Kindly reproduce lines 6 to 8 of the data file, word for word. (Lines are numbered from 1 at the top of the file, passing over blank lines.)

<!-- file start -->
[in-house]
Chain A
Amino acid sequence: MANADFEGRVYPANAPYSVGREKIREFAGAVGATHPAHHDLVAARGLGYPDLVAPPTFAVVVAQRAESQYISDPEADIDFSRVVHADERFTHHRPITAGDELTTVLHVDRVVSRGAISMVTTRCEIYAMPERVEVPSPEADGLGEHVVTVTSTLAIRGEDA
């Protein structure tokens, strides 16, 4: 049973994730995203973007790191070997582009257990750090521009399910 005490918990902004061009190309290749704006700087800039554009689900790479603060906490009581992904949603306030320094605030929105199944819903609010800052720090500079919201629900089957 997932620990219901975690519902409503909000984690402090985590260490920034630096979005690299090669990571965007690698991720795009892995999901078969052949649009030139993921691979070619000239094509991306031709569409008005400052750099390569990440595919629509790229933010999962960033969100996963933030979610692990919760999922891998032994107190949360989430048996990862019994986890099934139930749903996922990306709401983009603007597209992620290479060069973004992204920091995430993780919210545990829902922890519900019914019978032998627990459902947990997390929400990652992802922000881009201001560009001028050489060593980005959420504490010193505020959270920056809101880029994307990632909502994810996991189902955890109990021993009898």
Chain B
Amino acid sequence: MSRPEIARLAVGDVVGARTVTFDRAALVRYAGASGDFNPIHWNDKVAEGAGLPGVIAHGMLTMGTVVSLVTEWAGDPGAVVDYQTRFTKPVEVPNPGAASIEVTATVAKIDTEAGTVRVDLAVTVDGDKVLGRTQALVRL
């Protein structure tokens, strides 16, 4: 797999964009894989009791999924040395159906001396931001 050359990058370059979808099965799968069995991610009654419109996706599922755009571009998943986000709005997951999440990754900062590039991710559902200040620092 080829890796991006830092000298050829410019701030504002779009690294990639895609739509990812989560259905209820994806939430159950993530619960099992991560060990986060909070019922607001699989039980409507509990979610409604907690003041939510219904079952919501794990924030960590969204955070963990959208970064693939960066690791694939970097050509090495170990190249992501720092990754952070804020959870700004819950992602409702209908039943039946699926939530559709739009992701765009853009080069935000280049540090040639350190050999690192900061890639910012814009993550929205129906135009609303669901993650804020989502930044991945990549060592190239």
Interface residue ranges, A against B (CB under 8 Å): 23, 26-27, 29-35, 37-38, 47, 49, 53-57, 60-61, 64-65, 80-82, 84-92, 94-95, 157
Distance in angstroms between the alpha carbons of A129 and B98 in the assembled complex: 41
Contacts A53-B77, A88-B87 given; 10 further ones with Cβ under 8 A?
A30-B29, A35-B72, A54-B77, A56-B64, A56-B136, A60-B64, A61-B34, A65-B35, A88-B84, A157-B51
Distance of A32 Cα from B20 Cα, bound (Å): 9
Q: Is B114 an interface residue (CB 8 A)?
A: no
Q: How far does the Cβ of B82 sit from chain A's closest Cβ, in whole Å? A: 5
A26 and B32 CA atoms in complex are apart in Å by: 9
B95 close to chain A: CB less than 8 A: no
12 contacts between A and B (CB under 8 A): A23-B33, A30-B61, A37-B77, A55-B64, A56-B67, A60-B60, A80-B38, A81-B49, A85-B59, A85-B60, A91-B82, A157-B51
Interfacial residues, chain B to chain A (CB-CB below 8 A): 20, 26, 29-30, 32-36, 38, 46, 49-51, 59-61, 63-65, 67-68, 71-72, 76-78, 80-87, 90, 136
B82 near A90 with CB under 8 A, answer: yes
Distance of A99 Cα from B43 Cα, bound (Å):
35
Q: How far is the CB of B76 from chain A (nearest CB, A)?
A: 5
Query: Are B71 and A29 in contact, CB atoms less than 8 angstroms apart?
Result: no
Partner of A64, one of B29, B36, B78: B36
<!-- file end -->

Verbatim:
Amino acid sequence: MSRPEIARLAVGDVVGARTVTFDRAALVRYAGASGDFNPIHWNDKVAEGAGLPGVIAHGMLTMGTVVSLVTEWAGDPGAVVDYQTRFTKPVEVPNPGAASIEVTATVAKIDTEAGTVRVDLAVTVDGDKVLGRTQALVRL
């Protein structure tokens, strides 16, 4: 797999964009894989009791999924040395159906001396931001 050359990058370059979808099965799968069995991610009654419109996706599922755009571009998943986000709005997951999440990754900062590039991710559902200040620092 080829890796991006830092000298050829410019701030504002779009690294990639895609739509990812989560259905209820994806939430159950993530619960099992991560060990986060909070019922607001699989039980409507509990979610409604907690003041939510219904079952919501794990924030960590969204955070963990959208970064693939960066690791694939970097050509090495170990190249992501720092990754952070804020959870700004819950992602409702209908039943039946699926939530559709739009992701765009853009080069935000280049540090040639350190050999690192900061890639910012814009993550929205129906135009609303669901993650804020989502930044991945990549060592190239």
Interface residue ranges, A against B (CB under 8 Å): 23, 26-27, 29-35, 37-38, 47, 49, 53-57, 60-61, 64-65, 80-82, 84-92, 94-95, 157